Perhaps what determines whether you like both the process and the end-product, or whether you appreciate the end-product with minimal interest in the process – perhaps what it all boils down to is inspiration. It just depends on whether or not you reach that magical level of inspiration, where you’re moved to take action. (Sometimes I feel like I’m pretty easily inspired, which isn’t necessarily a bad thing, but it also means there are a lot of things that I want to do.) I could hypothesise that it might also come down to natural talent or affinity, but things like writing, cooking, drawing, etc can all be practised and perfected over time (although generally people seem to prefer doing things that they’re naturally good at).

One last thing – I think reading makes one’s writing better, and writing can improve one’s appreciation of reading. Likewise, eating can help improve one’s cooking, and cooking is likely to enhance the eating experience. Each pair works synergistically.

1158 and other numbers

Today was a good day. I know that today was a good day because, after finishing work more or less on time, I had enough energy and concentration left in me to do some reading all the way home. This is good because usually I’m either too tired or distracted, and cannot focus long enough to read more than a few pages.

Can’t remember if I’ve mentioned this in a previous post already, but my current commute book is “The World According to Garp” (by John Irving). I’m finding it to be a very interesting book so far, to say the least. It’s written quite well – it’s so easy to read – but it’s also incredibly random. More than once I have found myself thinking, “what did I just read…??”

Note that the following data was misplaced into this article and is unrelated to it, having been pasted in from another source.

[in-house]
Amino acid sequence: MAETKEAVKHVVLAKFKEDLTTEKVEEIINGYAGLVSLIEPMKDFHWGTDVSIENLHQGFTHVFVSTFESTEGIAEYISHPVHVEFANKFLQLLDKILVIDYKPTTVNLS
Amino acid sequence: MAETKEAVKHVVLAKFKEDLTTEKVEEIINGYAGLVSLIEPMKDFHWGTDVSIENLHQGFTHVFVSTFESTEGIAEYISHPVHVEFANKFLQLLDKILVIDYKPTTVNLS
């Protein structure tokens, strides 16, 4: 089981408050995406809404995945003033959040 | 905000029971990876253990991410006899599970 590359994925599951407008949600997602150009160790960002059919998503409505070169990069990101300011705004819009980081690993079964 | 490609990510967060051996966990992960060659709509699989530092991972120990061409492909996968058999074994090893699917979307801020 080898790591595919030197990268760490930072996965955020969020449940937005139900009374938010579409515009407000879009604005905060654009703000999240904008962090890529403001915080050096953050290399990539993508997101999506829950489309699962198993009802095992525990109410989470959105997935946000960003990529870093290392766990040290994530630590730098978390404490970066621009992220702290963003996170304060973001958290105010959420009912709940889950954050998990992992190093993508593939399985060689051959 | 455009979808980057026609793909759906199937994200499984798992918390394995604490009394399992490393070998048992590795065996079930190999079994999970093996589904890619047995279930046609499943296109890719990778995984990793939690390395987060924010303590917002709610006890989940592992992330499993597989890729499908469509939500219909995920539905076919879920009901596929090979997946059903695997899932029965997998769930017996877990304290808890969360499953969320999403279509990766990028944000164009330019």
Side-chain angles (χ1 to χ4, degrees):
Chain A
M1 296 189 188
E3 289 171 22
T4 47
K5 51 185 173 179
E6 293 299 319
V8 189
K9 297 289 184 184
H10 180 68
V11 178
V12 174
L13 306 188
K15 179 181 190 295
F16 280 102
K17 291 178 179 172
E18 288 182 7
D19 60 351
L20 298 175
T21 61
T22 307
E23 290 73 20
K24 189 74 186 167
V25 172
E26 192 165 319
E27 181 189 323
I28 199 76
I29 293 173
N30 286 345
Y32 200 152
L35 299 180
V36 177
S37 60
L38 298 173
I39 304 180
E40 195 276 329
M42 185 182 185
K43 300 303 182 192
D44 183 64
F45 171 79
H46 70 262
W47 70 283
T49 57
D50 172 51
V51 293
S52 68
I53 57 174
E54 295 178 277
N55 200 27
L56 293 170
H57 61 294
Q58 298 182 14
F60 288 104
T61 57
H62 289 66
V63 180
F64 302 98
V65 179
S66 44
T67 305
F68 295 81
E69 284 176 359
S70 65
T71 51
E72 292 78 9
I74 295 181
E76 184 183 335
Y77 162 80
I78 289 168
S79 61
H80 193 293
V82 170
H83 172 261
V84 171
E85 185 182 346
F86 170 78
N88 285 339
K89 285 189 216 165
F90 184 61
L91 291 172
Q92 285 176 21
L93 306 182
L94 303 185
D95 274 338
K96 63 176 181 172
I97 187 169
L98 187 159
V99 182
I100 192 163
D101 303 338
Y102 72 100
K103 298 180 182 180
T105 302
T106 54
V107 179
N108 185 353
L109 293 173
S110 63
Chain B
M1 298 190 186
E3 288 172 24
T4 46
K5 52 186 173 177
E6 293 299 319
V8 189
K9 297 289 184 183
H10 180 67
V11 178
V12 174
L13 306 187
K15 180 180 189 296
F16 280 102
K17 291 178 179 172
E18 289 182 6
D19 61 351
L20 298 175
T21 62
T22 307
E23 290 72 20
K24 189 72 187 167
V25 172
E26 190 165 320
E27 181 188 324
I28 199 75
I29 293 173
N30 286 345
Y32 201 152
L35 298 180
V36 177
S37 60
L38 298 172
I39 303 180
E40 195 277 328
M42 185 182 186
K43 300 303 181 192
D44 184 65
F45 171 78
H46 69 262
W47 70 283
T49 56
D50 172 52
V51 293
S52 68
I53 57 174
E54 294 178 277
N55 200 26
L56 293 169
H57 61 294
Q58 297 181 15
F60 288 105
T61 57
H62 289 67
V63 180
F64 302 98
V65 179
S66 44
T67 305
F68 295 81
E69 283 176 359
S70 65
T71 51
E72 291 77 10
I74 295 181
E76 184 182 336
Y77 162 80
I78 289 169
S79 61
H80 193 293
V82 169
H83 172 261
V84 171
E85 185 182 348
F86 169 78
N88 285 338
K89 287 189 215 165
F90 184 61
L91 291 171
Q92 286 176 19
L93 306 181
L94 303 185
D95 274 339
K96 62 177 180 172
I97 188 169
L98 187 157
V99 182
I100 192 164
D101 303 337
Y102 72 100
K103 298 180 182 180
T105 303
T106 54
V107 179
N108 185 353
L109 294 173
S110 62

But I’ll write more of a review of it after I’ve finished the full book.

When I was reading it on the bus this evening, I came across the number “1158” in a sentence. For some reason, that tripped me up a bit. I felt like, in that brief second when my eyes scanned over that number, my mind couldn’t decide if it wanted to read it as “one-one-five-eight” or “eleven-fifty-eight” or “one thousand, one hundred and fifty-eight”. The final option sounded better in the context of the sentence (it was about how many pages of manuscript one of the characters had written) but because I’d considered the first two options, I lost a bit of reading momentum.

This is where I almost got distracted and didn’t continue reading. Almost.

I put a mental post-it note on the topic for later revision. What I was interested in wasn’t why I’d considered those first two options (it’s kind of obvious if you know my line of work – I spend all day dealing with numbers in the thousands, and it’s just quicker to read the digits than to read the number in full). What I was interested in was how people say numbers in a certain way.